Eileen Rall, AuD
Children’s Hospital of Philadelphia
So why am I sharing with you some of the mistakes I’ve made along the way? Usually when I am sharing “life lessons” with my daughters or my students, I am trying to give them the opportunity to learn from my stumbles so they don’t have to experience them on their own. One of the most important skills we can have as professionals (and as human beings) is the ability to recognize when we can do something better or even more importantly, when we do something wrong. Maya Angelou’s quote, “When you know better, you do better” is something I try to live by every day. This philosophy is one of the reasons why I love where I work. At CHOP, we are constantly re-evaluating our clinical practice to identify areas where we can be better – what a humbling and yet exciting place to be. To do that well, you have to practice reflectively (Schön, 1983; Thompson, 2008) and be ready to say that the things we do every day can be better.
One of the areas that I feel I have grown the most in is my avoidance of making assumptions. When you first start out in this field, you are (as I was) unconsciously incompetent – you don’t know what you don’t know. I remember trying to soothe a parent’s anxiety when scheduling her child’s surgical procedure by telling her, “Don’t worry, it is a really simple procedure, they’ve done it thousands of times.” I assumed that if she understood the routine nature of the surgery, her anxiety would vanish. It did not; instead, she very sternly said to me “Don’t ever tell a parent that their child’s surgery is simple and ‘nothing to worry about.’ You clearly don’t know what it is like to be a parent.” She was right, I didn’t know. I assumed that I could put myself in her place and comfort her; instead, I ended up offending her. Flash forward 8 years to me anxiously sitting outside the OR when my youngest was having this same “simple” procedure – it was the longest 14 minutes of my life and I would have bitten off anyone’s head who dared to tell how I should feel.
Sometimes we assume we know how someone will feel about information they receive. I was leading a lab in amplification. We brought in a friend of mine who had clearly been suffering with hearing loss for a few years. She was even evaluated by an audiologist the year before and hearing aids were recommended but not fit. The students were responsible for doing a complete evaluation and then develop a treatment plan that would include amplification. She did indeed have a hearing loss so the students launched into what hearing aid that they were going to get her instead of reviewing her test results. They assumed that, because she reported that she had been previously diagnosed with hearing loss and hearing aids were recommended, she understood her diagnosis. She did not. I watched her eyes glaze over as the students enthusiastically described the advanced-feature hearing aid they were going to order.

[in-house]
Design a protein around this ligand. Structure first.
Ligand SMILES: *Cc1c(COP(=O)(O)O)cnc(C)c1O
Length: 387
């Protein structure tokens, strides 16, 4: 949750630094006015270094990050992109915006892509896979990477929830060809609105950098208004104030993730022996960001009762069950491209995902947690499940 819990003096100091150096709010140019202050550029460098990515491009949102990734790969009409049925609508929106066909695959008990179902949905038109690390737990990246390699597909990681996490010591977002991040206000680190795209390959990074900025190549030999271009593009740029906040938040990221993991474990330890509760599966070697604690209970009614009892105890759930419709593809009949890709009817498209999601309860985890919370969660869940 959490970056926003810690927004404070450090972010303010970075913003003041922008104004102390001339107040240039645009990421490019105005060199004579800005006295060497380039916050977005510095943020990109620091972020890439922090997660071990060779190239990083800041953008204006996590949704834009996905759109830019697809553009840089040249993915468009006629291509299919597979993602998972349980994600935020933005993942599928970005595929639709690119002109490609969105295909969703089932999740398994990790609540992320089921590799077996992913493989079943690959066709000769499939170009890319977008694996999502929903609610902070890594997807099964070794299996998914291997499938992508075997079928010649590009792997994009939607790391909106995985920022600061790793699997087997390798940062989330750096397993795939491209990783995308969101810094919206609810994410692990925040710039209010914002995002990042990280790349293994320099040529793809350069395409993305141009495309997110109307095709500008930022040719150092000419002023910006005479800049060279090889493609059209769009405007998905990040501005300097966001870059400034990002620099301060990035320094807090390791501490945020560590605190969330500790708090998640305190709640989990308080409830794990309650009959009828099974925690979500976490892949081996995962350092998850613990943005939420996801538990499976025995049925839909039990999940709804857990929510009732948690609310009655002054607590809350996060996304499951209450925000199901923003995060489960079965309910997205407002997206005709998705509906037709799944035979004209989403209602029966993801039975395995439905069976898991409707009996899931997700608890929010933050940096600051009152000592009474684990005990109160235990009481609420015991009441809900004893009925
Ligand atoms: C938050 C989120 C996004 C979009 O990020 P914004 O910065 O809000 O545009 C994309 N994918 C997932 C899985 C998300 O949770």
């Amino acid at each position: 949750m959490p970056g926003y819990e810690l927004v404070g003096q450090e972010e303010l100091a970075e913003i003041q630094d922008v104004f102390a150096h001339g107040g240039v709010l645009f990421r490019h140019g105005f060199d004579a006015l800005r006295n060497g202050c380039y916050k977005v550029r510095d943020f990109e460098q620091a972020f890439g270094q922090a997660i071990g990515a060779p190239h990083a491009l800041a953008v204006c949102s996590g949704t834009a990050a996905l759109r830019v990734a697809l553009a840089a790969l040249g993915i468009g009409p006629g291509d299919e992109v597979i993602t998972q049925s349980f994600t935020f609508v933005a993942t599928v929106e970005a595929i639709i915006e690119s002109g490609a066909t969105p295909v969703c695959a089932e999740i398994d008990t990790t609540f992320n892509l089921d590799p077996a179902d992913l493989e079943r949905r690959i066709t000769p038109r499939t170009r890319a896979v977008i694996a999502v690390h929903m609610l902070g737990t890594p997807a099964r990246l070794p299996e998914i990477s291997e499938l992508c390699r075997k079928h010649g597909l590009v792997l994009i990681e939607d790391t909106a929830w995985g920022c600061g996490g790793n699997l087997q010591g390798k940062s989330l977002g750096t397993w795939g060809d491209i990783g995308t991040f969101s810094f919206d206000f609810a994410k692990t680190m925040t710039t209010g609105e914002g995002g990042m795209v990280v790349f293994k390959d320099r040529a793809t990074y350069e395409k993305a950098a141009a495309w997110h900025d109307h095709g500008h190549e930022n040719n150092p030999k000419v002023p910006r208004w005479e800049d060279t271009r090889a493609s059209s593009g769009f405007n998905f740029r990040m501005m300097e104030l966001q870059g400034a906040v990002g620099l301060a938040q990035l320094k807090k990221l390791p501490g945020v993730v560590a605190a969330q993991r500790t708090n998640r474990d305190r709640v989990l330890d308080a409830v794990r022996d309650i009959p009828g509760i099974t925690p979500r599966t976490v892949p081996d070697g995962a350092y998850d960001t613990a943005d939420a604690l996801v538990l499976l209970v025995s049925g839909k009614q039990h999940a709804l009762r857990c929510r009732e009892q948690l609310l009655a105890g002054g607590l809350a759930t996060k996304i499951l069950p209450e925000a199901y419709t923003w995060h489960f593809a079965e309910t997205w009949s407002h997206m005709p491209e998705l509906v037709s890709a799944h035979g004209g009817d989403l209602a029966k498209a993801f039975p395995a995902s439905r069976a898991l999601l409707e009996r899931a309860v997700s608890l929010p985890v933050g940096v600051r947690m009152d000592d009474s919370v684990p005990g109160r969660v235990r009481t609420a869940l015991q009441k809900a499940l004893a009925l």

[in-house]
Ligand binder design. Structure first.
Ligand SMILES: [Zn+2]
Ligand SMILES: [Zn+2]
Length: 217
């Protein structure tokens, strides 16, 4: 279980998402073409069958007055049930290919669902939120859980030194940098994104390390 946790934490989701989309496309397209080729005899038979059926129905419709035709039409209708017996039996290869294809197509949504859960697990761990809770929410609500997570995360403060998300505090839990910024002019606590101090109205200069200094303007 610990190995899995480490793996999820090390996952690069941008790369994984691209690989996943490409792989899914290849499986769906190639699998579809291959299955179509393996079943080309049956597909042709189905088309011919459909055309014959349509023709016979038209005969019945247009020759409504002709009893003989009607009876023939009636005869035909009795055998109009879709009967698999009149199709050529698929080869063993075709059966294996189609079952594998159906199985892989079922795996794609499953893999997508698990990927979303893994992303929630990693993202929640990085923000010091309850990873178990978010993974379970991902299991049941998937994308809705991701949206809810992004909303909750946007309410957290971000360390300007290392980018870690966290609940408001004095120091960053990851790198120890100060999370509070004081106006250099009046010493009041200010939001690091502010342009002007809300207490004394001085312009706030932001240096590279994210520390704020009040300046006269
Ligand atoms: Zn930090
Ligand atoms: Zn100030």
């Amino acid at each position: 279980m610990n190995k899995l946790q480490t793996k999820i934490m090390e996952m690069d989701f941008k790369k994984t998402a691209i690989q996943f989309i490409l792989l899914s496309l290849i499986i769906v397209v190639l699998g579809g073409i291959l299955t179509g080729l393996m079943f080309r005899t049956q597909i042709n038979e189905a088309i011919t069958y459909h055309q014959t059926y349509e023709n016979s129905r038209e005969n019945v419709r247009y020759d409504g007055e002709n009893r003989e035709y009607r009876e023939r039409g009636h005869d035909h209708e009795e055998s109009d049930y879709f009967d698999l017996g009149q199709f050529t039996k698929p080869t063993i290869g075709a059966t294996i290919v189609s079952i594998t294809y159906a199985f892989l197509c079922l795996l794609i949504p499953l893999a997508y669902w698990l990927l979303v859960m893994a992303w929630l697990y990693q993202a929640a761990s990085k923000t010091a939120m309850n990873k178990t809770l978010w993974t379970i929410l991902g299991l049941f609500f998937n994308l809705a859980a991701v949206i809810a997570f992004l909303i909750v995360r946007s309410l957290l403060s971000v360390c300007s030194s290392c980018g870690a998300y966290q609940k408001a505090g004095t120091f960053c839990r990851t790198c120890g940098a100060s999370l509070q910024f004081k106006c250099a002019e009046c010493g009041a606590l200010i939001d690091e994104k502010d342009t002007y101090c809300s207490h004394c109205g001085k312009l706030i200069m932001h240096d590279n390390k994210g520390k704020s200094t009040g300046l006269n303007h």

I interrupted their plan and asked the patient – do you have any questions? – and she responded, “Are they saying that I have a hearing loss?” As smart and as previously well-counseled as she was, she thought that if she took enough allergy medicine before the test, her hearing loss would have gone away. We assumed she knew – we didn’t realize what her truth was. Simply put, she was not ready for this conversation.
We Can’t Assume Readiness
Since “readiness” is a process involving stages of awareness, acceptance and adjustment, it is quite possible our patient is not yet ready, but “in process,” or as the Ida Institute describes it, in the midst of a patient journey. We are not mind-readers; we need to ask “readiness” questions with the 0-10 scale or other tools to meet patients where they are – not where we think they are. Once the students developed the requisite common ground (Brown et al., 2003), my friend felt comfortable with their plan and is now a champion for using amplification, sharing her positive experience with anyone who will listen. That would have never happened if we continued with our assumptions and didn’t address her questions.
I recently had to share some difficult information AND generate ideas for a new opportunity at a team meeting. My assumption, and how I ended up making an ass out of me (not U), was that everyone at the meeting came with the same information. BIG MISTAKE. The result of the meeting was elevated negative emotions, hurt feelings, significant anger with me and hardly any enthusiasm for the opportunity I hoped to move forward on. As a team leader, I needed to take a step back and support each team member to get them to the same place before we could move forward. Now, instead of working on the opportunity, I am doing damage control.
So what am I hoping you take away from this? Try to not make assumptions – instead take the time and acquire the skills to learn the truth. The definition of assume is “to suppose to be the case, without proof.” Try to remember to seek out the “proof” and, if you are successful, in the end you will stumble a whole lot less.
Brown, J. Weston, W., & Stewart, M. (2003). The third component [to patient-centered care}: Finding common ground. In M. Stewart et al. (Eds.), Patient-centered medicine: Transforming the clinical method (2nd ed.), pp. 83-99. Abingdon, UK: Radcliffe Medical Press.
Schön, D. (1983). The reflective practitioner: How professionals think in action. NY: Basic Books.
Thompson, S. (2008). The critically reflective practitioner. NY: Palgrave Macmillan.